DID YOU KNOW?
The Cape griffon or Cape vulture (Gyps coprotheres) is an Old World vulture in the family Accipitridae, which also includes eagles, kites, buzzards and hawks. It is endemic to southern Africa, and is found mainly in South Africa, Lesotho, Botswana and in some parts of northern Namibia. It nests on cliffs and usually lays one egg per year.
This young vulture is dark brown except for the pale wing coverts. The adult is paler than the juvenile, and its under-wing coverts can appear almost white at a distance. The average length is about 1 m (3.3 ft) with a wingspan of about 2.57 m and a body weight of 9.29 kg (21 lb). They are on average the heaviest raptor in Africa, although the Lappet-faced vulture has a larger wingspan.
The species is listed by the IUCN as Vulnerable with the major problems it faces being poisoning, disturbance at breeding colonies, drowning in water reservoirs and electrocution.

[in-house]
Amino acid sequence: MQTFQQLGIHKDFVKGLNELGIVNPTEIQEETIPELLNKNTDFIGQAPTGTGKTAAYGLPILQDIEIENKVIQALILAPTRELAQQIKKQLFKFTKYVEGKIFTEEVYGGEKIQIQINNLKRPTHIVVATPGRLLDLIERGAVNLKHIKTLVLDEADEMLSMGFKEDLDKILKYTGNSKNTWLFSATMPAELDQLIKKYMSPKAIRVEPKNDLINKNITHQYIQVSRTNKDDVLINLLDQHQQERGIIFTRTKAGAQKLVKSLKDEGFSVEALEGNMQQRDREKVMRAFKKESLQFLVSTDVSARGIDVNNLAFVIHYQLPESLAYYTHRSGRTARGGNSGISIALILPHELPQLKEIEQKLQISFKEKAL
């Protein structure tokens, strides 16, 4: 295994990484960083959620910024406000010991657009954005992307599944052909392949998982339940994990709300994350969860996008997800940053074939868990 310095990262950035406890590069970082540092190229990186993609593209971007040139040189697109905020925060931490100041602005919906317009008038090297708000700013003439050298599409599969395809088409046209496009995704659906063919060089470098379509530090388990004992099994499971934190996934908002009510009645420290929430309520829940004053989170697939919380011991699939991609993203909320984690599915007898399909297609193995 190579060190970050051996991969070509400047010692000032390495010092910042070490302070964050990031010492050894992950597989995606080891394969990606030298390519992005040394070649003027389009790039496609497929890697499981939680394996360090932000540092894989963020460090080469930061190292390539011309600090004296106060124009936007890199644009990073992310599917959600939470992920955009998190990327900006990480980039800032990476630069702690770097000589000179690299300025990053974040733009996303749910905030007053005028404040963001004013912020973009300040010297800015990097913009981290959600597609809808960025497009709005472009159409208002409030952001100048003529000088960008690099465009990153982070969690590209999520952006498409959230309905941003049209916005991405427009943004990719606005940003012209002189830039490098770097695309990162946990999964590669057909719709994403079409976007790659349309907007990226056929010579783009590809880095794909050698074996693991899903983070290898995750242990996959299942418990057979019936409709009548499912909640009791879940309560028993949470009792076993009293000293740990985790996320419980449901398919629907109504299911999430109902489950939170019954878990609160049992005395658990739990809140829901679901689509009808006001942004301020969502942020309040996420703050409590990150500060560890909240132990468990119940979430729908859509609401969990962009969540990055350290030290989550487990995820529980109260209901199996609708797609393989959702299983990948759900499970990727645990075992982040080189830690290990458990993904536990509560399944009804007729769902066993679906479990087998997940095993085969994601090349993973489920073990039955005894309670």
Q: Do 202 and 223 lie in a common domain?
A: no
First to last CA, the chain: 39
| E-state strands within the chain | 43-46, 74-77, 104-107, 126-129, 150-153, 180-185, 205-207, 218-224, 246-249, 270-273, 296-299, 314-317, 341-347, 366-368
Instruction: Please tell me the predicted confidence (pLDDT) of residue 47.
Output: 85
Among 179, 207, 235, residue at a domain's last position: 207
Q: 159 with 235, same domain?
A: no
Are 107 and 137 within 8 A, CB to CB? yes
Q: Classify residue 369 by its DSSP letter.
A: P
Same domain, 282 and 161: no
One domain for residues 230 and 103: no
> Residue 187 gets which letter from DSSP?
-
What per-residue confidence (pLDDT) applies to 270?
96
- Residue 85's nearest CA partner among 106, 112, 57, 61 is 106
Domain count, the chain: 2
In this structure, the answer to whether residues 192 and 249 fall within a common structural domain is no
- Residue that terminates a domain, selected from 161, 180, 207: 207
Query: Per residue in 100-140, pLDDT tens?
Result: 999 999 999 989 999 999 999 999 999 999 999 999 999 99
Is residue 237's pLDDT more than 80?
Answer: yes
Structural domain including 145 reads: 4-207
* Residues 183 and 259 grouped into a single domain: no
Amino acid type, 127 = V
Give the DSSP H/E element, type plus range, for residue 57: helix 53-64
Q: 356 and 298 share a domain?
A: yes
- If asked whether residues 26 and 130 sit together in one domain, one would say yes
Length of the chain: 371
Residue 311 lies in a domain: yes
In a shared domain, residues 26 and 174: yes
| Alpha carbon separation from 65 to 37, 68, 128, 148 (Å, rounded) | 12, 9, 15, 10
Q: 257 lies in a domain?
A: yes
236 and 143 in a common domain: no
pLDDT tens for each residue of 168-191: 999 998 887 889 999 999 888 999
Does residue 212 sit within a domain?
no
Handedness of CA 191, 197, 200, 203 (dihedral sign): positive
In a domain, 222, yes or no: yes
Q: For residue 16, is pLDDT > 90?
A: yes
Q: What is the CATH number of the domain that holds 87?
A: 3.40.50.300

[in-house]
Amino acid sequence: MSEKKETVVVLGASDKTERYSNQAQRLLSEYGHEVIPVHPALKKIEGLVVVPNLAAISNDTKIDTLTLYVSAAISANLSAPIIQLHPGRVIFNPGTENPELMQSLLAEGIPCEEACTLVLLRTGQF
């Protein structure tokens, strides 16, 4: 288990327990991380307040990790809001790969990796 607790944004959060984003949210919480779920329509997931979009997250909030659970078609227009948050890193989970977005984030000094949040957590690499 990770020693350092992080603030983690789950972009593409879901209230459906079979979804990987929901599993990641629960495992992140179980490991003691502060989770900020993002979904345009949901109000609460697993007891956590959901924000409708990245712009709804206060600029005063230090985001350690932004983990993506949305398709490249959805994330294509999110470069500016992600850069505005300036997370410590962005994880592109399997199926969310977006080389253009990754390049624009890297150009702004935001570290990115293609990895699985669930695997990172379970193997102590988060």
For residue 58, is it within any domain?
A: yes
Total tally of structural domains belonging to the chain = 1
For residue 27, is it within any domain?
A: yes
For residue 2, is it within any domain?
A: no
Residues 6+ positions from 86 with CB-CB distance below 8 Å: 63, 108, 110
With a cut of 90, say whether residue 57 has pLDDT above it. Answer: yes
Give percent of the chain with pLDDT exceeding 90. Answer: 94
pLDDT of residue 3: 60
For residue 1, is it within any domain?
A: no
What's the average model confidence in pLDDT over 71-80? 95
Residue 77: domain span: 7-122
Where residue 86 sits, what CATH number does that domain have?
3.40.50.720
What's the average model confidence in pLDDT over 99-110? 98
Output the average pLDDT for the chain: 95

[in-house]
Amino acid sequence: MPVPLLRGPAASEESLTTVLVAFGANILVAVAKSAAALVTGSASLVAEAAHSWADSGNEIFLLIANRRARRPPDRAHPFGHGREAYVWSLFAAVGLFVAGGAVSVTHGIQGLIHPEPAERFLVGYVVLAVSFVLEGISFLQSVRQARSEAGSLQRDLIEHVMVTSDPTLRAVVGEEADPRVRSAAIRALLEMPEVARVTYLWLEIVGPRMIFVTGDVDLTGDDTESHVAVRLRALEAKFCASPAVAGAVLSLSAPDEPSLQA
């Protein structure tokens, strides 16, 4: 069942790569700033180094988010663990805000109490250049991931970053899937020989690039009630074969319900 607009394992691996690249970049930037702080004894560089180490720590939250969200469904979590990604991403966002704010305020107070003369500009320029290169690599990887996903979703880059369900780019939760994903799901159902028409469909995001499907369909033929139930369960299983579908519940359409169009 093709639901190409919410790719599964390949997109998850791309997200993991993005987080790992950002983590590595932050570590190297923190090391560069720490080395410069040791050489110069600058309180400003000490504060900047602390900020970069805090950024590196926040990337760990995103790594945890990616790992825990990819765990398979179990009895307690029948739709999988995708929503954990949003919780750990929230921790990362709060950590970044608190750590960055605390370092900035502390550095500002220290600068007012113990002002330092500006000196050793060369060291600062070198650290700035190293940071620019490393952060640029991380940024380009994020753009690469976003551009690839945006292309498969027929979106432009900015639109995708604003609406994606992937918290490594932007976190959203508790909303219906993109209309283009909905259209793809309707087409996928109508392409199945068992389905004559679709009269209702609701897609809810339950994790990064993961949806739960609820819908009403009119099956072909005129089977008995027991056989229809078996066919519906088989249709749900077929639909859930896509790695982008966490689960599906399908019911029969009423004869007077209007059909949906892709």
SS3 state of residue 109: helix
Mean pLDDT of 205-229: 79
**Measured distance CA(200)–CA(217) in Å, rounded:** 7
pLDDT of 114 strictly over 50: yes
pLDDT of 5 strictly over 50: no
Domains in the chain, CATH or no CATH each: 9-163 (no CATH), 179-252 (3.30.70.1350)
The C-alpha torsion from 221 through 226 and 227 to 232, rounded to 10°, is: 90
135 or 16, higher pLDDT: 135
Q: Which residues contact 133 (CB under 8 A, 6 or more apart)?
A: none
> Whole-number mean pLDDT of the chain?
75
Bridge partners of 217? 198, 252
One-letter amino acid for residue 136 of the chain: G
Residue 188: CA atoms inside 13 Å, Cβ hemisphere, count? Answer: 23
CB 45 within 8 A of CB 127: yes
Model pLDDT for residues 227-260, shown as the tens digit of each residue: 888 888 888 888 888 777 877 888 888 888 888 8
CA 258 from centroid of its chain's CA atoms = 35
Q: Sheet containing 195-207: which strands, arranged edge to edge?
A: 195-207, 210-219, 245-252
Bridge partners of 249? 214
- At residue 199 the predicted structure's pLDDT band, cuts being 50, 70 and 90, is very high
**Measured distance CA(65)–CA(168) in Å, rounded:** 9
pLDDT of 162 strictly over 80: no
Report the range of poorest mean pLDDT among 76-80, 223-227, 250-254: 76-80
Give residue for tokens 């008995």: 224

Some Interesting Facts About Vultures
- A group of 50 vultures can reduce the carcass of a sheep or impala to skin and bones in 20 minutes.
- Vultures feed on carrion (dead carcasses) and do not kill their own prey. Their feet are weak and better suited to walking on the ground than to picking up prey.
- Vultures are actually very hygienic birds and large groups often gather around favorite water holes to bathe, preen and drink.
What are the Largest of the World’s 22 Vulture Species
- Cape Griffon Vulture: Mass 9.29kg, wingspan 2.57m
- Lappet Faced Vulture: Mass 6.60kg, wingspan 2.64m
- Californian Condor: Mass 10.10kg, wingspan 2.79m
- Andean Condor: Mass 11.70kg, wingspan 2.99m
The Cape Griffon Vulture
- Has the smallest distribution of any Old World vulture – southernmost 12 percent of Africa.
- Longevity is unknown but REST estimates it to be 50-70 years.
- Only 20 percent of immature birds may survive until adulthood.
- Age at first breeding is 7 years.
- Breeding success is estimated at 60 percent.
- Both adults incubate what is usually one egg. REST research has shown the male doing most of the incubation. The egg takes 53-57 days to hatch.
- Nestlings take 140 days to fledge.